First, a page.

The followings is the Fiscal Year 2017 summary of the Department of Defense freedom of navigation operations.
From the Report:
The U.S. Freedom of Navigation (FON) Program was formally established in 1979 and consists of a two-pronged complementary strategy to maintain the global mobility of U.S. forces and unimpeded commerce by protesting and challenging attempts by coastal States to unlawfully restrict access to the seas.
• The Department of State (DOS) leads the first prong by diplomatically protesting foreign laws, regulations, or other claims of coastal States that are inconsistent with international law (called “excessive maritime claims”).
• The Department of Defense (DoD) leads a second prong that complements DOS protests by conducting operational challenges against excessive maritime claims.
FON operations (FONOPs) support the longstanding U.S. national interest of freedom of the seas. While not a defined term under international law, DoD uses “freedom of the seas” to mean all of the rights, freedoms, and lawful uses of the sea and airspace, including for military ships and aircraft, guaranteed to all nations under international law. DoD ensures freedom of the seas by preserving the global mobility of U.S. forces and unimpeded commerce through comprehensive, regular, and routine FONOPs worldwide.
As President Reagan stated in the U.S. Oceans Policy (1983), the United States “will exercise and assert its rights, freedoms, and uses of the sea on a worldwide basis in a manner that is consistent with the balance of interests” reflected in the Law of the Sea Convention. Some coastal States assert excessive maritime claims that, if left unchallenged, could impinge on the rights, freedoms, and lawful uses of the sea and airspace guaranteed to all States under international law. As stated in the 1983 U.S. Oceans Policy, the United States “will not…acquiesce in unilateral acts of other states designed to restrict the rights and freedom of the international community.”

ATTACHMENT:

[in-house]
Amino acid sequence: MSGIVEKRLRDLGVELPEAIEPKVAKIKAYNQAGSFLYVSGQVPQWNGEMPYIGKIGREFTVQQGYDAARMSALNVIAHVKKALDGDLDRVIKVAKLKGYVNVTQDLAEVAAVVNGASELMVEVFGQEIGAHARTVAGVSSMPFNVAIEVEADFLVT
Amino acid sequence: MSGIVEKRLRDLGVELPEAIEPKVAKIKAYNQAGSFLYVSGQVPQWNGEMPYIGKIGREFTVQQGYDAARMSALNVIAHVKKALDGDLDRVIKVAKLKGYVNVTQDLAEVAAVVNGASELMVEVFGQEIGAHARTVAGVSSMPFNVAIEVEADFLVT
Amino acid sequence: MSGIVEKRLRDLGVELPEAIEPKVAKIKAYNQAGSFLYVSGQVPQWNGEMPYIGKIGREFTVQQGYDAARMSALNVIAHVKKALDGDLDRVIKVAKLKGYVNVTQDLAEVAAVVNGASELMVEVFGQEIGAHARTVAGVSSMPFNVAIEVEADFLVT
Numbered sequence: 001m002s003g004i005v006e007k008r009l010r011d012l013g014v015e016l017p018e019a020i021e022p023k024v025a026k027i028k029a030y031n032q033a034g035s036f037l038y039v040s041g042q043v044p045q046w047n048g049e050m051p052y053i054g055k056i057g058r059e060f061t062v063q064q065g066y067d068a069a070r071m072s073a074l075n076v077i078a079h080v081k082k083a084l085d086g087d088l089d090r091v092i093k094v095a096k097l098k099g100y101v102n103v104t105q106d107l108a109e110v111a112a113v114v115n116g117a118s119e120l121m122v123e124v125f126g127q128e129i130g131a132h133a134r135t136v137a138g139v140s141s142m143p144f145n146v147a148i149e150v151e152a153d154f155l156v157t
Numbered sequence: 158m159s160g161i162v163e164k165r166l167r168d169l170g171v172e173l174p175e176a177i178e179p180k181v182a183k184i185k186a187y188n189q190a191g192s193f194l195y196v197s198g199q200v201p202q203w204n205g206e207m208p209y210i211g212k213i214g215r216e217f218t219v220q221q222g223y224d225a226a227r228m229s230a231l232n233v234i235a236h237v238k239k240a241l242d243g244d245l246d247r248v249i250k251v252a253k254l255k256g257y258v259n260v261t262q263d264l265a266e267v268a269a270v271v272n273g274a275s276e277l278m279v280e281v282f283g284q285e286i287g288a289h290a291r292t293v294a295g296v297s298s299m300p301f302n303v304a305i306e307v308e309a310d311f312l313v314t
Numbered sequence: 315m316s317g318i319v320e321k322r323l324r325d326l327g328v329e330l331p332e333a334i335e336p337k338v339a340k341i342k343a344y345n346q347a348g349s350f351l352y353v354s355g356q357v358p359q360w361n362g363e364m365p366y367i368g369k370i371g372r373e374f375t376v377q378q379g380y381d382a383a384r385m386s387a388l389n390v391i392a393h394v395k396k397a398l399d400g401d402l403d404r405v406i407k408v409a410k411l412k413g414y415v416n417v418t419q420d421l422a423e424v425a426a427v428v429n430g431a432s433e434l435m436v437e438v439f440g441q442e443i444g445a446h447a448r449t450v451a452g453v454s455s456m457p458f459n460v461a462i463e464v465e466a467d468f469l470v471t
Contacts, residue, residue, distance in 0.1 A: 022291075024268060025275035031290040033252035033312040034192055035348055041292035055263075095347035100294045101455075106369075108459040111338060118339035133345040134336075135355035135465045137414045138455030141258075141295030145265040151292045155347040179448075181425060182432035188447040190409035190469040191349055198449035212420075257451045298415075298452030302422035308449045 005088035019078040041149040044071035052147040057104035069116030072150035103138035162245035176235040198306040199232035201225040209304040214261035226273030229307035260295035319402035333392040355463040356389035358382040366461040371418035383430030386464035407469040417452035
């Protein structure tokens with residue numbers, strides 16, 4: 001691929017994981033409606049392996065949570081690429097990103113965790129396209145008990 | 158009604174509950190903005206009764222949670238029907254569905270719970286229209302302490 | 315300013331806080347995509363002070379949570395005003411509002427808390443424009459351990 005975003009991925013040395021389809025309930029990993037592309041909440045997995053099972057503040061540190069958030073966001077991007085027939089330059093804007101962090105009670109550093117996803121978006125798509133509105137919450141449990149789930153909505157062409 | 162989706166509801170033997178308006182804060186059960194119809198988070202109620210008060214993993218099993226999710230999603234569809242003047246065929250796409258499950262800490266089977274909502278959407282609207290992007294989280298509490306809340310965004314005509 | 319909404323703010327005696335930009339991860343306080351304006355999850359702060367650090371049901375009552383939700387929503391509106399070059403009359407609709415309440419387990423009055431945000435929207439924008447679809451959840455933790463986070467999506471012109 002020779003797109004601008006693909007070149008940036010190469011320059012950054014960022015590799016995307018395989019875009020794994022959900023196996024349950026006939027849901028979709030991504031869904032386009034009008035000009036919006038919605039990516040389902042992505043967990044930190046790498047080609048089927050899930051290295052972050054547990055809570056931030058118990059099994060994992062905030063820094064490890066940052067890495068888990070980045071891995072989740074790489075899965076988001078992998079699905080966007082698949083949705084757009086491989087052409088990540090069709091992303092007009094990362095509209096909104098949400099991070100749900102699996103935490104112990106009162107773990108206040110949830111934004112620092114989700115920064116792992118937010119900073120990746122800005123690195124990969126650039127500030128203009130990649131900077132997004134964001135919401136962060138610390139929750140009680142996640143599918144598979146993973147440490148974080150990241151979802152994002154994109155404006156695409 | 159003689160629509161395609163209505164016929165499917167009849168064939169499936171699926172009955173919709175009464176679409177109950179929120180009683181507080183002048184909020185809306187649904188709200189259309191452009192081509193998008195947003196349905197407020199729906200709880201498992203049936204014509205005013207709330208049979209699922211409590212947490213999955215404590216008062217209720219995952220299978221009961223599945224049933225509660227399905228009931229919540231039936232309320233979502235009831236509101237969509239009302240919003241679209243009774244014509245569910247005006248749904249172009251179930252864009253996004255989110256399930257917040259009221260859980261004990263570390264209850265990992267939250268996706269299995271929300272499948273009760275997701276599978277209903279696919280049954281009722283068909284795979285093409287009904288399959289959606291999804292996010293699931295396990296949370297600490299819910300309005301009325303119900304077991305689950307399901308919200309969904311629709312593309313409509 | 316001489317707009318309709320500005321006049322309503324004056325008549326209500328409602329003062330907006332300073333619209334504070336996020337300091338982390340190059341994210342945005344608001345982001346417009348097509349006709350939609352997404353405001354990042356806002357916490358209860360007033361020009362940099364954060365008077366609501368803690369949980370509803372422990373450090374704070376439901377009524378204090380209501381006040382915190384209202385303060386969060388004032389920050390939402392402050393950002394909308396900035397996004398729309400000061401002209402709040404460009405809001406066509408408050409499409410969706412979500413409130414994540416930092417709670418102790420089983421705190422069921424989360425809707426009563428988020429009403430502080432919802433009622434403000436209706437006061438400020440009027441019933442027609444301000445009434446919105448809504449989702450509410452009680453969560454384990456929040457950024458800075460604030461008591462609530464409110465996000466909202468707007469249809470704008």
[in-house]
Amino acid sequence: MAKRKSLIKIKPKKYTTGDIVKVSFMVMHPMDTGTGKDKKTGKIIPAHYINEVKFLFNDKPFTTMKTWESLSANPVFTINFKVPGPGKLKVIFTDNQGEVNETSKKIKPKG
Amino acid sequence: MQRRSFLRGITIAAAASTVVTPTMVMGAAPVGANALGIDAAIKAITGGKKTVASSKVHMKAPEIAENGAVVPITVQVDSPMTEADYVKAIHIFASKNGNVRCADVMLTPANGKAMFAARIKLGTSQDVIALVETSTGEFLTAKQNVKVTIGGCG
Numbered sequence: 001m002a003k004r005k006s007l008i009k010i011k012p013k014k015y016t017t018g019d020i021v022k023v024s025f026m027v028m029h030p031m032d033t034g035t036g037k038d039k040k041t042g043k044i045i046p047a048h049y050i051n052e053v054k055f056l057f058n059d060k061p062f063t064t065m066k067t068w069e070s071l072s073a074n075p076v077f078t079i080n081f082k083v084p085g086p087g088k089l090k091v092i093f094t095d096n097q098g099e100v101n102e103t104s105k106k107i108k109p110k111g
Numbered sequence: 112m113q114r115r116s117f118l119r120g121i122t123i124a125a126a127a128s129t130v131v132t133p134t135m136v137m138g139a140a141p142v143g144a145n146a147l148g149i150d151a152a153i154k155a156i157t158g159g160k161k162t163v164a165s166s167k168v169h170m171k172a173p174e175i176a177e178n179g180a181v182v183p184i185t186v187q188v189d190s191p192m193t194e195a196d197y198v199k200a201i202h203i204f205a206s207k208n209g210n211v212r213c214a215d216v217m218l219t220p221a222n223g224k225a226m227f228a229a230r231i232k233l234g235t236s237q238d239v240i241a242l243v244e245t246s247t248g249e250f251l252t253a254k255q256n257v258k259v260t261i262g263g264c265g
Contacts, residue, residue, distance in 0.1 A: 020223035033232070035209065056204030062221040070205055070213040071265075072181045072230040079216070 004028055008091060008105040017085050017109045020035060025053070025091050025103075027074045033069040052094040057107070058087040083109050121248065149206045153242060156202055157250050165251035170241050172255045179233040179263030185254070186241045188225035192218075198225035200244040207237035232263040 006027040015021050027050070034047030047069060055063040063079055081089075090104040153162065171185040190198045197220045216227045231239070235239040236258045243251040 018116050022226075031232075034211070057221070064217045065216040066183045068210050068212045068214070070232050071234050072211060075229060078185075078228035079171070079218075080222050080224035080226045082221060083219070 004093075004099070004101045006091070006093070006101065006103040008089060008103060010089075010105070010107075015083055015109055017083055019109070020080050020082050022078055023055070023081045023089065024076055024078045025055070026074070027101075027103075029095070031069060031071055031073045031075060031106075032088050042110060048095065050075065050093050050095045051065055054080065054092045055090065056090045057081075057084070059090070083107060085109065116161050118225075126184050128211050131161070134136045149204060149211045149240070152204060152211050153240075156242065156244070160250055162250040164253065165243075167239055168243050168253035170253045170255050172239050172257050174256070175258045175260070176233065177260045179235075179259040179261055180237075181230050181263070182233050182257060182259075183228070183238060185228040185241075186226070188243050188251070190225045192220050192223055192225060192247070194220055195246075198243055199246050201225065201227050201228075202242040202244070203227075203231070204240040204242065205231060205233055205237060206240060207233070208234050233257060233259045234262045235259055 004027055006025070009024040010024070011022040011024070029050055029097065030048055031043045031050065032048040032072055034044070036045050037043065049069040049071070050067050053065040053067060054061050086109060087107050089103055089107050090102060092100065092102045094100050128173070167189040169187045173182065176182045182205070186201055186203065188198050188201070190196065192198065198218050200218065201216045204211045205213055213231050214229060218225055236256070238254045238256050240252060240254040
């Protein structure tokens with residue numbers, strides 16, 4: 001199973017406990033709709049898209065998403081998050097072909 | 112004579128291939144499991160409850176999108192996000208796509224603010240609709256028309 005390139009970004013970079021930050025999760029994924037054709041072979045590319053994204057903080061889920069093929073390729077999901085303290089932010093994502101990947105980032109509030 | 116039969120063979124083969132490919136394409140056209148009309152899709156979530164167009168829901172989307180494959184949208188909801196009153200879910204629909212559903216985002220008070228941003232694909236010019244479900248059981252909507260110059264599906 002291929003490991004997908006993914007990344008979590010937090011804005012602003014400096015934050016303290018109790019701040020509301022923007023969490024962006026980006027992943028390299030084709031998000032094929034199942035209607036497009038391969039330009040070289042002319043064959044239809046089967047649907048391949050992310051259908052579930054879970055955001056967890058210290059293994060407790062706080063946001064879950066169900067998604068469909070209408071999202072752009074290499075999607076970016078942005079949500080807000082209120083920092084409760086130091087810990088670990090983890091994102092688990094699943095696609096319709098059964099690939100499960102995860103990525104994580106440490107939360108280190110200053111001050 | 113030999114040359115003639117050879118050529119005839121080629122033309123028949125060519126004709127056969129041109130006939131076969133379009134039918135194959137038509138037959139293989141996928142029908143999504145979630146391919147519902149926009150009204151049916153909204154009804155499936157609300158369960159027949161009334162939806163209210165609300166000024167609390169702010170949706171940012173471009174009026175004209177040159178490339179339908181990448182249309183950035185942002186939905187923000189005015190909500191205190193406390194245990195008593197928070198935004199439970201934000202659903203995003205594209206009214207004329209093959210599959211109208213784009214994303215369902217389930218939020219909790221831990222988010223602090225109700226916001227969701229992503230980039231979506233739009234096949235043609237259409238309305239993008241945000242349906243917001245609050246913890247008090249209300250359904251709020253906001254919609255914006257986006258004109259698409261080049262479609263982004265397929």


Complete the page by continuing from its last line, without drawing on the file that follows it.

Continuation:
DoD challenges excessive maritime claims asserted by a wide variety of coastal States including allies, partners, and other nations on a worldwide basis to maintain global mobility of U.S. forces. The Program includes both planned FON assertions (i.e., operations that have the primary purpose of challenging excessive maritime claims) and other FON-related activities (i.e., operations that have some other primary purpose, but have a secondary effect of challenging excessive maritime claims). Activities conducted by DoD under the FON Program are deliberately planned, legally reviewed, properly approved, and conducted with professionalism.
Each year, DoD releases an unclassified summarized FON Report identifying the coastal States and excessive maritime claims that are challenged by U.S. forces. The FON Report also includes general geographic information to transparently demonstrate non-acquiescence in excessive maritime claims while still maintaining operational security of U.S. military forces. Below is a summary of excessive maritime claims that were challenged by DoD operational assertions and activities during the period of October 1, 2016, to September 30, 2017, in order to preserve the rights, freedoms, and uses of the sea and airspace guaranteed to all nations by international law. For a complete list of all coastal States making excessive maritime claims, as well as the years those claims were challenged by U.S. forces under the FON Program, see the DoD Maritime Claims Reference Manual (available online at www.jag.navy.mil/organization/code_10_mcrm.htm):